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B2B marketers must get useful and forget about ROI

The importance of ‘Utility’ at the centre of your content marketing was, for me, the standout message at the ‘Culture of Content’ event held in Belgium yesterday (run by Skein in association with B2B Marketing). It was great to see interest and enthusiasm in B2B growing in Europe, and the Belgians seem to have very much bought in, with some excellent presentations from inhouse marketers, agencies and consultants, on all aspects of content marketing.

This conference was novel for me at least because it took place at the offices of an actual B2B manufacturing company – Frisomat, which produces steel framed buildings – and the futuristic venue was effectively part of the showroom, with the company’s products on display in the next room. Outside the front of the adjacent HQ building, there was a large bell, which is still rung every time a significant deal is signed, and all conference attendees heard the hooter at 4.30 which signalled the end of working day for the factory – a strangely charming touch for those of us who have only ever worked in offices, far removed from physical production.

The concept of Utility is the brainchild of US author Jay Bauer, in his book of the same name, but the message seems to have had little trouble crossing the Atlantic or translating itself to new cultures – it seemed to have real traction with the audience of 100 or so B2B practitioners in Antwerp. I’ve not read Bauer’s book (yet – to my shame) although I did see him speak at BMA in Chicago last year, and found his argument that marketing output needs to be useful to its target audience or recipient, above all else, extremely compelling.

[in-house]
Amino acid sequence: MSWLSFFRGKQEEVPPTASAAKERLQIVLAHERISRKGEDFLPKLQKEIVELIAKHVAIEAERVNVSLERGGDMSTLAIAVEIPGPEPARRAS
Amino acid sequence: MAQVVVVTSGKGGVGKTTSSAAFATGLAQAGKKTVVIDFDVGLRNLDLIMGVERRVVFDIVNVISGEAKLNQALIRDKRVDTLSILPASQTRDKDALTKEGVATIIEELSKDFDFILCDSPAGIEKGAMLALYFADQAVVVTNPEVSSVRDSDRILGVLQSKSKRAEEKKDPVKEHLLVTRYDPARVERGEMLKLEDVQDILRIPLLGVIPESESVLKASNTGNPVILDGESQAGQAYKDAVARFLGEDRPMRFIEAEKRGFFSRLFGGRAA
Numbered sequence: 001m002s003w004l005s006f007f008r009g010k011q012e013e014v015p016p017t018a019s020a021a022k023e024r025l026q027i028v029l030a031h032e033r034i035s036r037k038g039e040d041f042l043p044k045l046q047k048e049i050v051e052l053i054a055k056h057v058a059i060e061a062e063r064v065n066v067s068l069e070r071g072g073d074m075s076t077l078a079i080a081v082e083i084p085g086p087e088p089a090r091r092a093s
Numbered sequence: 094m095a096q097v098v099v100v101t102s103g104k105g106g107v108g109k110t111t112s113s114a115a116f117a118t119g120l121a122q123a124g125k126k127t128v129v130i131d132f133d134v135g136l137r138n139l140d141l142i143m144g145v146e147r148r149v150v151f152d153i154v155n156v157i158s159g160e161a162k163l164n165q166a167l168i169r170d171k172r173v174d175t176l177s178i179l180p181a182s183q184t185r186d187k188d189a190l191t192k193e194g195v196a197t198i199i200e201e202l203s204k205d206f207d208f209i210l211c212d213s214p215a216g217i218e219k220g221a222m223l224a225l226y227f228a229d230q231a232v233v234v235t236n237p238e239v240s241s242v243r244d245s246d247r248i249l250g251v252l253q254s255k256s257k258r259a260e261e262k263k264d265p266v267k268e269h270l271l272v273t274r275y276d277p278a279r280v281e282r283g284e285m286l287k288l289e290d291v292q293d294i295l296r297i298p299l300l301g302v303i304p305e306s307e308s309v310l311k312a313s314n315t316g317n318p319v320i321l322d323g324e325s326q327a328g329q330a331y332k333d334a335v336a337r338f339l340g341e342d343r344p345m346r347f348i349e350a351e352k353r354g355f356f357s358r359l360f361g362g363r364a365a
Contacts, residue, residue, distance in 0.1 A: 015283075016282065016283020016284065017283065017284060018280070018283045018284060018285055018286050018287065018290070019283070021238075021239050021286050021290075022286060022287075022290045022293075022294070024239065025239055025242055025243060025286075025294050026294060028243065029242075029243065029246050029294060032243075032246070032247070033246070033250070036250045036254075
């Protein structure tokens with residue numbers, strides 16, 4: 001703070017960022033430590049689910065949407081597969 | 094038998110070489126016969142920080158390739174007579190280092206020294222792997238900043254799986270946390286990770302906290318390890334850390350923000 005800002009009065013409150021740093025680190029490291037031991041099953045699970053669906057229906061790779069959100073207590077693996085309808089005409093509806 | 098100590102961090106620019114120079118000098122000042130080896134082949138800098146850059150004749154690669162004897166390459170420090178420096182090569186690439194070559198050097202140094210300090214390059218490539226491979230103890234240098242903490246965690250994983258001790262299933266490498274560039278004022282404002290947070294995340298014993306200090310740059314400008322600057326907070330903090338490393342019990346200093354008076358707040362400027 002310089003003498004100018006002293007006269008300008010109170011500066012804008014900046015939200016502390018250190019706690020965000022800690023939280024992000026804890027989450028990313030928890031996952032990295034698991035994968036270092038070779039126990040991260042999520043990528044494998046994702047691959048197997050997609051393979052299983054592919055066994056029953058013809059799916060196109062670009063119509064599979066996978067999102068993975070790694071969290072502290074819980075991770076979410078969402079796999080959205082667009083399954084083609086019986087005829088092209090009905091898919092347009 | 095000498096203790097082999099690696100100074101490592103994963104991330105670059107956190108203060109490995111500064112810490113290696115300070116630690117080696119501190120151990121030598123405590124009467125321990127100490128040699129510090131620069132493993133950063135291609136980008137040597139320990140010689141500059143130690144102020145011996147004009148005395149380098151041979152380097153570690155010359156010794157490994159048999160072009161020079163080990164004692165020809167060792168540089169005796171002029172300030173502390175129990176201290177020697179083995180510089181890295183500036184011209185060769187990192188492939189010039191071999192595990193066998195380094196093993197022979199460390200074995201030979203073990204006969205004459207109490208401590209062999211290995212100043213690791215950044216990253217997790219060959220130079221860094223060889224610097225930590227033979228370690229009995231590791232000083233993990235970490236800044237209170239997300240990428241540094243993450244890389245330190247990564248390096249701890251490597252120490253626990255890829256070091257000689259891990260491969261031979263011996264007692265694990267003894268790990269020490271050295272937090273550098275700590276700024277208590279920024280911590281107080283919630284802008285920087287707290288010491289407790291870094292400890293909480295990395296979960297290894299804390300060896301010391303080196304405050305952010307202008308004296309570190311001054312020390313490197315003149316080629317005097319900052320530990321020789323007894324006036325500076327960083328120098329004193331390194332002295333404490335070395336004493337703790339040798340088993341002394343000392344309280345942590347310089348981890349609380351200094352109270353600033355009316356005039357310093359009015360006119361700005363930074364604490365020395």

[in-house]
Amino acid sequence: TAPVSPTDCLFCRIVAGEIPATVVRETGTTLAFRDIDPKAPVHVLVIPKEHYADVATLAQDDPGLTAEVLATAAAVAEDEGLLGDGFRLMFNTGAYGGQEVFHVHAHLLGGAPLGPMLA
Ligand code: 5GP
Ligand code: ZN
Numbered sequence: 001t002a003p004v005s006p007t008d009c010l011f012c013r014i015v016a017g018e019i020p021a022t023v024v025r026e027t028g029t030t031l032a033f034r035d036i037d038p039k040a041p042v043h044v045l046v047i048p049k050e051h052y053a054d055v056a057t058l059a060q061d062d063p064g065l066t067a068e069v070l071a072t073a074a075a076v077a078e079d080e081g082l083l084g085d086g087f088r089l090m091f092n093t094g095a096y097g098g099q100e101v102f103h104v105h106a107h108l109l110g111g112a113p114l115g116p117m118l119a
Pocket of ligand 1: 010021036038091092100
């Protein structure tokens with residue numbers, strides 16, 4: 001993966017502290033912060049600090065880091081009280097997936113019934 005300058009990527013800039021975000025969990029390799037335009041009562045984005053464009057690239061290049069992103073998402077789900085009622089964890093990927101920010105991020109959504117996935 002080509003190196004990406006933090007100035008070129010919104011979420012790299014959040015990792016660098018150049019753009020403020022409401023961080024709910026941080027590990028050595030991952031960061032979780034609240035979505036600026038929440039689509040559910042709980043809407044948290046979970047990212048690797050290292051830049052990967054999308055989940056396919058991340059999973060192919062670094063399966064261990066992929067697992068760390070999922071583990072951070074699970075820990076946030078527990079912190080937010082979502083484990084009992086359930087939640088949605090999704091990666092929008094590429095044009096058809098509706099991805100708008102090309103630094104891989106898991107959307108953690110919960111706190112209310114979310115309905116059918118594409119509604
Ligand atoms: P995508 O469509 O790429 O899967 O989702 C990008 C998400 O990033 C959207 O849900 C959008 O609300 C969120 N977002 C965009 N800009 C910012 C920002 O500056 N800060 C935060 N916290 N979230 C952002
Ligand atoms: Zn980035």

It came up numerous times during the various presentations – Tom De Baere of Happifish was a particular advocate, whilst Dominique Verniers of Xerius demonstrated its effectiveness in action, his firm having offered a helpline service to SMEs, even extending to advising how to implement the software offered by rival firms. As Bauer says (I understand) ‘Stop selling and start helping’ – this is altruism indeed, and I’m struggling to see many other B2B companies seeing the bigger picture in this way.

Tom De Baere’s focus on content marketing workflows was particularly novel and therefore interesting to me – I see a lot of focus on the content creation and dissemination challenge, but less about the detailed nitty-gritty of getting the job done within a marketing team, which for me made this session extremely welcome.

Later, Adam Sharp of Clevertouch, who was brought to speak about the role of technology, suggested that marketers need to forget about ROI and migrate to ‘forecasted demand management’, through which they can start actually accurately predicting revenue. Any stick to beat ROI with will surely be welcomed by many B2B marketers. Tom, Dominique and Adam were just three of the excellent speakers that we heard from during the event.

The conference concluded with the message from chairman Erwin Knuyt of Skein that, perhaps sadly, whilst there’s no sign of the sales force disappearing any time soon, content marketing definitely provides more a means for a better kind of engagement with them and (whisper it) even potentially the upper hand in the relationship. So congratulations to the team at Skein for putting on an excellent event – one which we are sure will by the start of a long term association with B2B Marketing. It’s reassuring to know that the business of B2B marketing is alive and well in Belgium.